“We will work closely with our employees to support people whose roles become redundant as a result of this change.”

http://www.dailymercury.com.au/news/low-price-oversupply-is-coals-double-whammy/2404891/

Towns treated like mushrooms

THE Central Highlands have been left in the dark by mining companies.

After BMA announced that 700 positions would be cut from its seven Bowen Basin mines, Moranbah families and businesses are clambering to recover and adjust to the devastating news.

Moranbah Traders Association president Trehan Stenton said mining companies were happy to be well served by the region in the boom times but the lack of transparency made recovering for job cuts difficult.

“BMA are not giving any information about the nature of the workforce that will be cut,” Mr Stenton said.

“Mining companies need to engage with the community to at least work on a plan for the future.”

Mr Stenton said the state and federal governments needed to unlock funding to help local businesses transition from a reliance on the mining sector to industries such as service and agriculture. “We need short-term help for the wider community,” he said.

Isaac Regional Council Mayor Anne Baker said the job cuts would devastate the region

“The majority of these job losses are coming from BMA’s residential mines in our region, which directly impacts our communities,” she said.

“With six BMA mines is Isaac, many of these job cuts will affect Isaac residents.”

Ms Baker said the cuts would significantly affect every aspect of the communities.

Moranbah, Clermont and Dysart are expected to the most economic damage, with the majority of mine workers under threat living in those towns.

Union representatives used the announcement to launch an attack on BHP Billiton.

Construction, Forestry, Mining and Energy Union general secretary Andrew Vickers said the union was also seeking information about the jobs targeted in the cuts.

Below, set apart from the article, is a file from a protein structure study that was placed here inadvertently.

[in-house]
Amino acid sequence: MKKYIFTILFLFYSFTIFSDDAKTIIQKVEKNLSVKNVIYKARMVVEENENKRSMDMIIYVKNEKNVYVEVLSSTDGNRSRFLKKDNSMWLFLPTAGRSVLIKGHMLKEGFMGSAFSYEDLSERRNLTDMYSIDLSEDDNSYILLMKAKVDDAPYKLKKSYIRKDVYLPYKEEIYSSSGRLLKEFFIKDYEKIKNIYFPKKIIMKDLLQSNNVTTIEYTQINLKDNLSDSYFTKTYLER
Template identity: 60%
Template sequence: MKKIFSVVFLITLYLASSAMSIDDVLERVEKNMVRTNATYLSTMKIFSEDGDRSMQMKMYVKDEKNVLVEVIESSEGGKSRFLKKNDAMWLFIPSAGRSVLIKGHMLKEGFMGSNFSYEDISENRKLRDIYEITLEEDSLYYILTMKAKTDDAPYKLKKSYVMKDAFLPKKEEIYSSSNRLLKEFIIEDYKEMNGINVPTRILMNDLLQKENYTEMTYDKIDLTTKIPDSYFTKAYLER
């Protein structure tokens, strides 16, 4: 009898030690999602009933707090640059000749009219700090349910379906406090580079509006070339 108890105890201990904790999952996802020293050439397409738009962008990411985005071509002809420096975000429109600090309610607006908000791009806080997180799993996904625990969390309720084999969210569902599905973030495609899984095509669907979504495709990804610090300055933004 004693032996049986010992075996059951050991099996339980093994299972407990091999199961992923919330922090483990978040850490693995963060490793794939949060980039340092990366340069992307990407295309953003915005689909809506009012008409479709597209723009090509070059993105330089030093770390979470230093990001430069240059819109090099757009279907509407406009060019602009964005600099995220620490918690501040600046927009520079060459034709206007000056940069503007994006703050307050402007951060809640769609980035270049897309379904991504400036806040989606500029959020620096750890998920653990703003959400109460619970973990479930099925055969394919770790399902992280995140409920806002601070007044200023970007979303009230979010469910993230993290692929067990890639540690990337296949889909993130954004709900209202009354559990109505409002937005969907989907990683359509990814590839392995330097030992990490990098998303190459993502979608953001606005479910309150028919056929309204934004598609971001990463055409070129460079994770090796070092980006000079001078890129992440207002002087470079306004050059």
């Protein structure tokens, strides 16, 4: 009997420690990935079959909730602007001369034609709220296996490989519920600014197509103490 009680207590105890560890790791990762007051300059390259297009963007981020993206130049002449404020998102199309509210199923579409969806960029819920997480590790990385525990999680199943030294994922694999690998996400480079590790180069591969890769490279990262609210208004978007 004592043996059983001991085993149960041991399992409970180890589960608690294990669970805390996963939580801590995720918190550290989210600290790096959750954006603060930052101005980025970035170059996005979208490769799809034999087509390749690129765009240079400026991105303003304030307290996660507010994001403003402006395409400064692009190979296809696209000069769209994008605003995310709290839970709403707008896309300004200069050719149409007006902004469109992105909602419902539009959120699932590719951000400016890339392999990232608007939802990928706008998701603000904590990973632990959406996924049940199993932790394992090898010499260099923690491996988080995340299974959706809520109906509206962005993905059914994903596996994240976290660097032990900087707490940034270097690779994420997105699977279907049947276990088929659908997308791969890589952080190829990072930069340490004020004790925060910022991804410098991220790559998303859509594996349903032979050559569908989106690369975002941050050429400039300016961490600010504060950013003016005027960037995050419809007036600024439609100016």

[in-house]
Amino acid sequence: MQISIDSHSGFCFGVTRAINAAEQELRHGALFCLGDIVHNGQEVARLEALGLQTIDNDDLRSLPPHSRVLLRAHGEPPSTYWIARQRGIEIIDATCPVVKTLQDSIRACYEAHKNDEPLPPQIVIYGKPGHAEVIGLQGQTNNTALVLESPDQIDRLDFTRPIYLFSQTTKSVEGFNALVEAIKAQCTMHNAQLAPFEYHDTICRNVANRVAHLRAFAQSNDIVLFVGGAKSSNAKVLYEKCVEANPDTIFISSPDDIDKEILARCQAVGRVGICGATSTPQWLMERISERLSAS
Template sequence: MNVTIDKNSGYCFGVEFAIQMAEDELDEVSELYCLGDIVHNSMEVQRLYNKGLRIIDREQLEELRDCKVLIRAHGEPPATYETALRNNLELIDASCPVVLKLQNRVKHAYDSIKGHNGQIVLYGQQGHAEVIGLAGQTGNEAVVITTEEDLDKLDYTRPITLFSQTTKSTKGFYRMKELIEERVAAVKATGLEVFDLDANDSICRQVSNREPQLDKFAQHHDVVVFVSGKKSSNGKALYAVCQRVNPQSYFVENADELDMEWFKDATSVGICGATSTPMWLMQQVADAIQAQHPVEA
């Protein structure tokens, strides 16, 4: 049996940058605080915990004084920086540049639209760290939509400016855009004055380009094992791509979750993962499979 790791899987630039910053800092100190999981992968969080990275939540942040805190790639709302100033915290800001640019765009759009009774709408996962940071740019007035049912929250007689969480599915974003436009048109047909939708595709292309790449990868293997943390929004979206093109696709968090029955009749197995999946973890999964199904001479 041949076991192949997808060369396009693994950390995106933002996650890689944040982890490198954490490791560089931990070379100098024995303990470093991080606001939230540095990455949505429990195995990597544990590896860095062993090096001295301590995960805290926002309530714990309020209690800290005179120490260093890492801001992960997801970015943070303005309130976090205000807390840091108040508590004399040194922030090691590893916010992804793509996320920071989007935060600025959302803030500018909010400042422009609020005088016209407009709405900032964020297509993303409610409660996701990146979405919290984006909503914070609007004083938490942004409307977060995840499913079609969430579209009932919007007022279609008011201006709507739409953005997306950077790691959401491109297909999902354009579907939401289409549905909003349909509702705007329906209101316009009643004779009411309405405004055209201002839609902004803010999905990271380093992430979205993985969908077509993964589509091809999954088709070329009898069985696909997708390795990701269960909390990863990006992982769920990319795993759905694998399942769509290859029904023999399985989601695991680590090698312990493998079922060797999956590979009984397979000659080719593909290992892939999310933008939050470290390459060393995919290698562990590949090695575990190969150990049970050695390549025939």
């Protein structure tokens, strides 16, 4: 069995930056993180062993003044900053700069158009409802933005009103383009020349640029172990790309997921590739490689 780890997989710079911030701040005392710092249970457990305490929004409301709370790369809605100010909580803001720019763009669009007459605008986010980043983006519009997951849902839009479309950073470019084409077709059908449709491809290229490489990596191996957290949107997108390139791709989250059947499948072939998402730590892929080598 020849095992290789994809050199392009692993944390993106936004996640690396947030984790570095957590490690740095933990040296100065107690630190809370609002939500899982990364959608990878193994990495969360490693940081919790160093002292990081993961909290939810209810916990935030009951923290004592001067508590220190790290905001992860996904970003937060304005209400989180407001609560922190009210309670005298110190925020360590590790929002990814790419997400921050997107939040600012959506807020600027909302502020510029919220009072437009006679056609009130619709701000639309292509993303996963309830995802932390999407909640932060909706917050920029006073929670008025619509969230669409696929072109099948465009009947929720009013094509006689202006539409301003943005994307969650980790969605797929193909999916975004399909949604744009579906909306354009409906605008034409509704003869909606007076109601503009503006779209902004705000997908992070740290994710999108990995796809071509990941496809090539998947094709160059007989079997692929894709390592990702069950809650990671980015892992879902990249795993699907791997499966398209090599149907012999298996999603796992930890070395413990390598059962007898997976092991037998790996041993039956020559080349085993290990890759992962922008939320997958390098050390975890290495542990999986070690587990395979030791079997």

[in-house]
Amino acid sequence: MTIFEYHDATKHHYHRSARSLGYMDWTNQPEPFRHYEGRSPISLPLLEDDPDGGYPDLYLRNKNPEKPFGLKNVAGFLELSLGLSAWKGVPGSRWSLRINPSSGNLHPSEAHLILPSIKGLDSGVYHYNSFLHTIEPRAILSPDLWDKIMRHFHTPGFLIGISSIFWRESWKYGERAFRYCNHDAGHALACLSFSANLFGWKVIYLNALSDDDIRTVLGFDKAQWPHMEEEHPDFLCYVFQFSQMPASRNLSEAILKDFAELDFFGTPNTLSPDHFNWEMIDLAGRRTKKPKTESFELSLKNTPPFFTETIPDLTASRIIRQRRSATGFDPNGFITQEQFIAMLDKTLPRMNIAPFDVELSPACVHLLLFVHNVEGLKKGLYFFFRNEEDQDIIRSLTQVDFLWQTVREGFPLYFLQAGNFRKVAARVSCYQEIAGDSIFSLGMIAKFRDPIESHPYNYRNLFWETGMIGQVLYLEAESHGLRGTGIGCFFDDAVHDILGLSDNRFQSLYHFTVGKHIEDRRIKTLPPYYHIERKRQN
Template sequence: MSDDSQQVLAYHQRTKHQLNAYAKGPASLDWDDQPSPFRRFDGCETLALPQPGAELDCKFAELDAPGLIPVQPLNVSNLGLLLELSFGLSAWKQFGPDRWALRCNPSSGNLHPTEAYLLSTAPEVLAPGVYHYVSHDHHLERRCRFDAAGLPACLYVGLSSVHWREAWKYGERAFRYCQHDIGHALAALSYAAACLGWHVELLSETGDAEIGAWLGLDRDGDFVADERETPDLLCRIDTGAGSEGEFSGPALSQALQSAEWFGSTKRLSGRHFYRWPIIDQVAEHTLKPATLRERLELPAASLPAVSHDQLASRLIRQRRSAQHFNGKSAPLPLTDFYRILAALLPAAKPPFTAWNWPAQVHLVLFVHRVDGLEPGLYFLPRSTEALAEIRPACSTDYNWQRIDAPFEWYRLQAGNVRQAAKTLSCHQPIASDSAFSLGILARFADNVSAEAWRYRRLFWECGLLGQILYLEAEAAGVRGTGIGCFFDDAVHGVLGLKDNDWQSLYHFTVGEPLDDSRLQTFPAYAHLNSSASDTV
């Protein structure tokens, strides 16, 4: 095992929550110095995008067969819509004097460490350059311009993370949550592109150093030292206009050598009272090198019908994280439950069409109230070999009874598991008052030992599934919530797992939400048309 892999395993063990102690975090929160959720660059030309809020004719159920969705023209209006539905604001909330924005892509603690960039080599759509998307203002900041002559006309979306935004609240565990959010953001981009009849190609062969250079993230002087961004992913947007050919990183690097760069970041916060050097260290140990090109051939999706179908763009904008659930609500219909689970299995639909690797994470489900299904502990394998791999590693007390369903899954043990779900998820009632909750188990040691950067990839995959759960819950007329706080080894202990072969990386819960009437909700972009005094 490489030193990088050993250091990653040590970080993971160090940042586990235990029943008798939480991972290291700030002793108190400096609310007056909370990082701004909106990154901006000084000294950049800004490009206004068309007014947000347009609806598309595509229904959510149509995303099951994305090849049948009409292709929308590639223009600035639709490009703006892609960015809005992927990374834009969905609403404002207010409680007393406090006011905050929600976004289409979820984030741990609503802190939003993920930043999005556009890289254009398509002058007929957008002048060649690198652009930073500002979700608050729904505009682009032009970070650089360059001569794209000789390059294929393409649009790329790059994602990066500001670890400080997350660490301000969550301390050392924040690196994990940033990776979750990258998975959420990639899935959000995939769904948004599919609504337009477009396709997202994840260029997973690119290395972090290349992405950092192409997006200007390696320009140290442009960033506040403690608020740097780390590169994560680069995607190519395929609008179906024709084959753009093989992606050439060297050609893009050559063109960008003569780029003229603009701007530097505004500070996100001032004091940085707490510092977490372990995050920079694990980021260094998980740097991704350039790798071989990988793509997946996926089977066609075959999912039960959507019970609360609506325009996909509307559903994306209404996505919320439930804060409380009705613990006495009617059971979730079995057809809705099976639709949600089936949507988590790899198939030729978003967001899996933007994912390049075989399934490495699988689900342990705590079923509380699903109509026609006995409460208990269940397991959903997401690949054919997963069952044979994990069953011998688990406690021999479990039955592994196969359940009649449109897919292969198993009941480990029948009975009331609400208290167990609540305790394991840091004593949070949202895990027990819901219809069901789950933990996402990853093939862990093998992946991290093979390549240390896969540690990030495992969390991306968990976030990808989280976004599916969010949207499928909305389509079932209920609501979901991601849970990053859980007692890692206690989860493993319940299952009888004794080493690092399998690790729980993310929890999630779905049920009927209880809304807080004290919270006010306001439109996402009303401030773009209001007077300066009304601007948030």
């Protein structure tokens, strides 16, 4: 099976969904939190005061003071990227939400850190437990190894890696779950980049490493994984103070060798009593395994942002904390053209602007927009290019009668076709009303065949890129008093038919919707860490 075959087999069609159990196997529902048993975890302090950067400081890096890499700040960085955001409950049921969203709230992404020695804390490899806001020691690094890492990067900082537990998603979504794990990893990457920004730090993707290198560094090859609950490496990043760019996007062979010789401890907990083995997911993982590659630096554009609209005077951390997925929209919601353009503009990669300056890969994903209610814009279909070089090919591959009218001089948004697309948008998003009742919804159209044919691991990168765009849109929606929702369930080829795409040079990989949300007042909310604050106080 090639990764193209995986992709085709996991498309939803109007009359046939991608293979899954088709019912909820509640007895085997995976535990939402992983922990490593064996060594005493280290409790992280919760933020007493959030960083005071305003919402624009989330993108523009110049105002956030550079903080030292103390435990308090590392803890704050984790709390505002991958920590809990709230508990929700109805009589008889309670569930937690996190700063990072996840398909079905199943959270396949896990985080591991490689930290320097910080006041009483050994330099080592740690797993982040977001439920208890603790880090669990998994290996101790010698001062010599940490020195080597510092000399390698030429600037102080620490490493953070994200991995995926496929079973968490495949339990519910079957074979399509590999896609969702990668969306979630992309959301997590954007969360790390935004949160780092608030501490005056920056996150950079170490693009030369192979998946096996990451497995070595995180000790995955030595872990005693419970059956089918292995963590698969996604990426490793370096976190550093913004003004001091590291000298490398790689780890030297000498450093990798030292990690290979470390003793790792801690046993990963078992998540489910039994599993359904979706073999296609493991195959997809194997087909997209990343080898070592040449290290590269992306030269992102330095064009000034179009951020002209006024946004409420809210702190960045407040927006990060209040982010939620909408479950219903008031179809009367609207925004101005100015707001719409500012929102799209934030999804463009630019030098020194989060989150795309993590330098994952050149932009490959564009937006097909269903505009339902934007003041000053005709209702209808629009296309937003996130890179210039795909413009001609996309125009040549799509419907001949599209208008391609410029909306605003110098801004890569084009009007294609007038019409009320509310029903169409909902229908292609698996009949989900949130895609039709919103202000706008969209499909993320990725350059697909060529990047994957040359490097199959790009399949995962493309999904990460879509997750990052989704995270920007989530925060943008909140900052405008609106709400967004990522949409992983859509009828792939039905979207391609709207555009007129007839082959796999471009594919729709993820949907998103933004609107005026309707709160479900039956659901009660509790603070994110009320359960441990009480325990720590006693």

“BHP is demonstrating a horrifying disregard for jobs and for the future of central Queensland,” Mr Vickers said.

“BHP has profited enormously from central Queensland resources over many years, but they are showing their true colours as a ruthless multinational corporation.”

On Tuesday, BMA Asset President Lucas Dow said the “stubbornly” high Australian dollar and low coal price were drivers behind the review.

Anglo American to cut Moranbah North jobs

Anglo American will cut at least 50 jobs when its Moranbah North mine reverts back to a single longwall operation.

It comes on the back of a rash of coal mining job cuts across the Bowen Basin.

Earlier this month BMA, Rio Tinto, and Xstrata all announced they will be reducing their workforce.

BMA recently cut 100 employees from the contractor workforce at its Gregory Crinum coal mine in Queensland.

It has also halted expansion works at its Peak Downs coal mine.

Rio Tinto has cut 70 contractors from its Kestrel-KME operation, as well as slashing positions at its Clermont mine and closing its Blair Athol operation; Xstrata will be cutting contractor numbers on its coal mines but refused to detail how many workers would go or which sites would be impacted.

BHP CEO Marius Kloppers this week said it was part of a “broad industry movement” toward cutting jobs on Queensland coal developments.

Now Anglo American has joined the other major with its announcement it will cut positions, the Daily Mercury reports.